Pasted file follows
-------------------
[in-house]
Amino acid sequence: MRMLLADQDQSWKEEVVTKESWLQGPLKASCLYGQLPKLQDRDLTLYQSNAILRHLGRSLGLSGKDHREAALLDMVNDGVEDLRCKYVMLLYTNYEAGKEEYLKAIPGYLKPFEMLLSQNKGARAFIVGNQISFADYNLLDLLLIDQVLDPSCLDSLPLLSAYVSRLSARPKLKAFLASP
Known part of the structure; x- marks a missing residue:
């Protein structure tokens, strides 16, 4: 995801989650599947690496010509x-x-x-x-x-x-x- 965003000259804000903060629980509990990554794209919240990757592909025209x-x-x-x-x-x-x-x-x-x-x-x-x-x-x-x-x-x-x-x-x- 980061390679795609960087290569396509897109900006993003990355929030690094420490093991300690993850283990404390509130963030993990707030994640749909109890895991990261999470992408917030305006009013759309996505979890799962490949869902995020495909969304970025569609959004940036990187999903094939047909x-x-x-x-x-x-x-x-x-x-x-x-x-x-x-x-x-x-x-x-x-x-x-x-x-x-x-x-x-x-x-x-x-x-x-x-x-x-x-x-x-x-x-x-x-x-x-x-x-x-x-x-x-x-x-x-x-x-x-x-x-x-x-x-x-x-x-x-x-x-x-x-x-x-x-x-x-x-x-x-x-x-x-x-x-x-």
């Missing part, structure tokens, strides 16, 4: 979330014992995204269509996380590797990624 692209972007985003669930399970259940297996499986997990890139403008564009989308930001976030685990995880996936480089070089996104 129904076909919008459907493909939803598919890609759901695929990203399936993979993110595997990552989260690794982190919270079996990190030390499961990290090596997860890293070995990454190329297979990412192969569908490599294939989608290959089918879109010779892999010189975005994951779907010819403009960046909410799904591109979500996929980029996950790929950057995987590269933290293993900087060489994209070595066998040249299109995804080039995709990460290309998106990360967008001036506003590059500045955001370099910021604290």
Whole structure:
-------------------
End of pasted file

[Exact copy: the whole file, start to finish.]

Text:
[in-house]
Amino acid sequence: MRMLLADQDQSWKEEVVTKESWLQGPLKASCLYGQLPKLQDRDLTLYQSNAILRHLGRSLGLSGKDHREAALLDMVNDGVEDLRCKYVMLLYTNYEAGKEEYLKAIPGYLKPFEMLLSQNKGARAFIVGNQISFADYNLLDLLLIDQVLDPSCLDSLPLLSAYVSRLSARPKLKAFLASP
Known part of the structure; x- marks a missing residue:
């Protein structure tokens, strides 16, 4: 995801989650599947690496010509x-x-x-x-x-x-x- 965003000259804000903060629980509990990554794209919240990757592909025209x-x-x-x-x-x-x-x-x-x-x-x-x-x-x-x-x-x-x-x-x- 980061390679795609960087290569396509897109900006993003990355929030690094420490093991300690993850283990404390509130963030993990707030994640749909109890895991990261999470992408917030305006009013759309996505979890799962490949869902995020495909969304970025569609959004940036990187999903094939047909x-x-x-x-x-x-x-x-x-x-x-x-x-x-x-x-x-x-x-x-x-x-x-x-x-x-x-x-x-x-x-x-x-x-x-x-x-x-x-x-x-x-x-x-x-x-x-x-x-x-x-x-x-x-x-x-x-x-x-x-x-x-x-x-x-x-x-x-x-x-x-x-x-x-x-x-x-x-x-x-x-x-x-x-x-x-």
């Missing part, structure tokens, strides 16, 4: 979330014992995204269509996380590797990624 692209972007985003669930399970259940297996499986997990890139403008564009989308930001976030685990995880996936480089070089996104 129904076909919008459907493909939803598919890609759901695929990203399936993979993110595997990552989260690794982190919270079996990190030390499961990290090596997860890293070995990454190329297979990412192969569908490599294939989608290959089918879109010779892999010189975005994951779907010819403009960046909410799904591109979500996929980029996950790929950057995987590269933290293993900087060489994209070595066998040249299109995804080039995709990460290309998106990360967008001036506003590059500045955001370099910021604290």
Whole structure: